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Intel to Build DRM into Next-Generation CPUs

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  • Who cares? (Score:2, Informative)

    by stevew (4845) on Tuesday September 10, 2002 @12:23PM (#4228944) Journal
    Look folks - if you are reading Slashdot, then the odds are REALLY good that you run an alternate OS like Linux. Did you note it's a MS DRM technology??? That means poor folks running MS code will be subject to it - not people intelligently choosing to run Linux, etc. ;-)

    MS users - have a nice day - if you can!
  • by futuresheep (531366) on Tuesday September 10, 2002 @12:24PM (#4228960) Journal
    This is the most comprehensive read on Palladium available. Forward it to family and friends.

    http://www.cl.cam.ac.uk/~rja14/tcpa-faq.html
  • Re:Mod up! (Score:2, Informative)

    by Dalcius (587481) <(moc.liamg) (ta) (todhsals+3143msirhc)> on Tuesday September 10, 2002 @12:37PM (#4229146)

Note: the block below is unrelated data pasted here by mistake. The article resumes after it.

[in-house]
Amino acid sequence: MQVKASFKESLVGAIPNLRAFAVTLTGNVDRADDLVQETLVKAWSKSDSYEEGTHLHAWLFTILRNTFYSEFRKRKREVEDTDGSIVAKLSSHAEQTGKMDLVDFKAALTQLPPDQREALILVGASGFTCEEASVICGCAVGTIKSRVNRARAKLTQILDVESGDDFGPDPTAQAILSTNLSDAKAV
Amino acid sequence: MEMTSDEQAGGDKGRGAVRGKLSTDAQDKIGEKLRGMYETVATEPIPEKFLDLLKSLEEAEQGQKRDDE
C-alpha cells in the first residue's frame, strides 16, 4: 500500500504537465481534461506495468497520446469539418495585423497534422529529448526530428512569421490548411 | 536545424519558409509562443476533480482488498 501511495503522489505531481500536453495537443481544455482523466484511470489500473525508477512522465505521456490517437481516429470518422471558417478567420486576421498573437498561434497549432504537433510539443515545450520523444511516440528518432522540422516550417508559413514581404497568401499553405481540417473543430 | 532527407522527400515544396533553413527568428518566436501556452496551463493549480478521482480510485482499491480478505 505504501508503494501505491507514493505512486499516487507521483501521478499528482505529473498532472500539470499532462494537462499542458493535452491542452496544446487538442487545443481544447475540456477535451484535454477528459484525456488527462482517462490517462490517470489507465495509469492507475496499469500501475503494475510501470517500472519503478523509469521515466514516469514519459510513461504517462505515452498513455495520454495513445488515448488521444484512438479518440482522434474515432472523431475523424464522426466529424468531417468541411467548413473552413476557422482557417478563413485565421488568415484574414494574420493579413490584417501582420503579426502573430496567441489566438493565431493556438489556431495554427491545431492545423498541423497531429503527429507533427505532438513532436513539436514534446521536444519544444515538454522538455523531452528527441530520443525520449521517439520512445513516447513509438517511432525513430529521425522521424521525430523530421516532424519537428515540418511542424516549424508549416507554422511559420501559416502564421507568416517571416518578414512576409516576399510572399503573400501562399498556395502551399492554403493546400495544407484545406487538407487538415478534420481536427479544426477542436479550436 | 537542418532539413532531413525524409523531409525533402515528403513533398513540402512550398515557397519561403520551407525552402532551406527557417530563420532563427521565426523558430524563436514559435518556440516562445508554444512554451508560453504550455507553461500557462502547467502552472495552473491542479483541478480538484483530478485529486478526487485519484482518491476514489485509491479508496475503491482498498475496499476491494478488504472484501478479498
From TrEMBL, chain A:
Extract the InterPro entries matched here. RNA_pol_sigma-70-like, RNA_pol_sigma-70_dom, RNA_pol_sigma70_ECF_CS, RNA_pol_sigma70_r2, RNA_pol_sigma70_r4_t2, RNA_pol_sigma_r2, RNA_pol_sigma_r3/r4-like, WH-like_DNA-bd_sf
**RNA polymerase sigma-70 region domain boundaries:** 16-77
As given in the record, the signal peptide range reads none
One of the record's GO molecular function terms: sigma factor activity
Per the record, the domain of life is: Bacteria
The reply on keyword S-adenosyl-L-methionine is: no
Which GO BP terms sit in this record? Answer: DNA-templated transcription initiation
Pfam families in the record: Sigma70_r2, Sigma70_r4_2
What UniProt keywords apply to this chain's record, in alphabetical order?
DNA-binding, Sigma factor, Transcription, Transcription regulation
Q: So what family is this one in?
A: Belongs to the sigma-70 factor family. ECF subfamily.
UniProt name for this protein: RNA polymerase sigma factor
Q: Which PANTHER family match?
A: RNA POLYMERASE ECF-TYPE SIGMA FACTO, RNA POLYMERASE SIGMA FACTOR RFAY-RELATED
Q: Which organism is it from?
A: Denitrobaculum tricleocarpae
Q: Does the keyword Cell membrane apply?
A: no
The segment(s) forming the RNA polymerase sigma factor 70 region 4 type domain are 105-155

Just like if we don't buy Windows, nobody will use it, right? Microsoft will just go out of business?

    That's why they run ~95% of the desktop market.

    Look around! That libertarian "vote with your money" argument doesn't work often in the real world, simply because most folks are not intellectuals. Most folks don't care.
  • by tylerdave (58777) on Tuesday September 10, 2002 @12:38PM (#4229157) Homepage
    The Register has a report about this w/ some good insights:

    http://www.theregister.co.uk/content/3/27047.html [theregister.co.uk]
  • by bfields (66644) on Tuesday September 10, 2002 @12:42PM (#4229208) Homepage
    I mean if you do not plan to run Palladium, where's the problem? This would not stop you from doing anything you do now.

    Currently, you can play DVD's on linux with a minimum of hassle, and you can do perfectly normal and legitimate things with them like make backups, copy and manipulate screen shots, etc. After the adoption of Palladium, DVD's (or their successors) could be designed to play only on trusted players that don't allow you to do these things, and circumventing these restrictions will require hardware modifications.

    Do you see a problem now?

    --Bruce F.

  • by Carnage4Life (106069) on Tuesday September 10, 2002 @12:43PM (#4229215) Homepage Journal
    That article was mostly speculation short on technical details but long on Micro$oft bashing.